As the flag-bearer for film awards, the Oscars has never had a heavier burden. Contending with falling viewership as much as an exacting one, held up to standards on screen and off it, the Academy of Motion Pictures and Arts has been doing a high-string balancing act, from expanding its pool, to requiring “unconscious bias training” for them, and introducing more nominees to going host-less. The post-George Floyd world has inspired the latest: #OscarsSoWhite seeks to be #OscarsSoDiverse.
From 2024, Best Picture nominees would have to pass at least two criteria of diversity and inclusion — the films must feature unrepresented groups (women, queer, nonwhite, disabled), on screen or in their crew, or on the distribution, marketing, publicity side. But read between the lines, and there hides a twist worthy of its own award. Almost none of the films that provoked a backlash in recent years would be disqualified on the above grounds — The Irishman (for ignoring women), had a Mexican cinematographer; The Green Book (for its white saviour theme) had a black man as lead and several others in the cast, and so on. Even Gone With The Wind, that old favourite wilting in new light, might have slipped its way in.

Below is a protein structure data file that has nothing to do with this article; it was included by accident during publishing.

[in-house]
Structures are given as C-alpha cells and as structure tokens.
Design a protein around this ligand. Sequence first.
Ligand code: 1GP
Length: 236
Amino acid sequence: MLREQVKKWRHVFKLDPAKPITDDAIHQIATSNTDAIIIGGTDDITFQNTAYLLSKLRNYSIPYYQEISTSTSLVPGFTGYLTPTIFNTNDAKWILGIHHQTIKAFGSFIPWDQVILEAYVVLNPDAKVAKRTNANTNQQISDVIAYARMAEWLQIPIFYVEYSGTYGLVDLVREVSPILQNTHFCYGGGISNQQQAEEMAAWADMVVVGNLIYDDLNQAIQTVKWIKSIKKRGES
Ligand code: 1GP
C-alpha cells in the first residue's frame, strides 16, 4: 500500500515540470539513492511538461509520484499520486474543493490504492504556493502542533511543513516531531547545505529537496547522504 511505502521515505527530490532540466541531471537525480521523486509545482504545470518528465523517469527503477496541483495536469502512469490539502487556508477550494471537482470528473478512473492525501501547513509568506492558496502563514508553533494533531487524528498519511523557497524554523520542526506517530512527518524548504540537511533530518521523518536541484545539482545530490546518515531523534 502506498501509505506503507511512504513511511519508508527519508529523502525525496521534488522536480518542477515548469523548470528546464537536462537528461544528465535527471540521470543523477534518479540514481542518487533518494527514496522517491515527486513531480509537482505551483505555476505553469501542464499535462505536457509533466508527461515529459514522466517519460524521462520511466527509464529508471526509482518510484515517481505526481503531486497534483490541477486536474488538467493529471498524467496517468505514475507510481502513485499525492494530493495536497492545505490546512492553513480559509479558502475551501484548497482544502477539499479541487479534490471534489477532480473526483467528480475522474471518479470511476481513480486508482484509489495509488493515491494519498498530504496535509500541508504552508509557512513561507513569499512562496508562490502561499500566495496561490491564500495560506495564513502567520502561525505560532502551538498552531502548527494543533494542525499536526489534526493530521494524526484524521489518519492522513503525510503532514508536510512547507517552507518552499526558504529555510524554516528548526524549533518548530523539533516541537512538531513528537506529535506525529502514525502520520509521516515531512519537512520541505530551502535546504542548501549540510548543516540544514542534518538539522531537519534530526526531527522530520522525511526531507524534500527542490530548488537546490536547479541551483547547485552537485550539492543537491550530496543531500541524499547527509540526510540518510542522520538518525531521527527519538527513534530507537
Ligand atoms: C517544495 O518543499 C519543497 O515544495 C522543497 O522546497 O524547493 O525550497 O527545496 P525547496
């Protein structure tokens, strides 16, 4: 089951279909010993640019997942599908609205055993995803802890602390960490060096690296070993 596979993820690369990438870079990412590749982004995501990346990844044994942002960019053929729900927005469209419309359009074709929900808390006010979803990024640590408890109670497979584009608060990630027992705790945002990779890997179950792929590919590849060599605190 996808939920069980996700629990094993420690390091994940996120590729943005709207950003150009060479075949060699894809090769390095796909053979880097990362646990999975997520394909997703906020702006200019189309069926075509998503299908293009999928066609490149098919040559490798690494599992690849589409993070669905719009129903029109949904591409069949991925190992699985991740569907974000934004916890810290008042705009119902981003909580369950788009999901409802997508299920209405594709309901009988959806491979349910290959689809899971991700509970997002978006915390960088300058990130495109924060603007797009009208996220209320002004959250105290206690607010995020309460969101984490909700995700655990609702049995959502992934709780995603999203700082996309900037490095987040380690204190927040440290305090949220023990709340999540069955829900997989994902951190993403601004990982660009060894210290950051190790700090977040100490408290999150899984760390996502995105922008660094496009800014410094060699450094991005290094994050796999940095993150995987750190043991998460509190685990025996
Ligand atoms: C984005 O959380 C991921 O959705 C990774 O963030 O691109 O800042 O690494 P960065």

For the Academy that dreads another 2015, when all its 20 acting nominees were white, the course to a happy ending may be different. In 2020, Parasite became the first non-English film to win Best Picture, showing the one criterion the Academy does need to change: Of “foreign film”. Or, it can go the Berlinale way and become gender-neutral (though it’s debatable where it will leave women in such a male-dominated industry). Diversity, like Oscar winning writer-director Joel Coen pointed out in 2016, is hardly a math sum. “You don’t sit down… say, ‘I’m going to write a story that involves four black people, three Jews, and a dog’ — right?”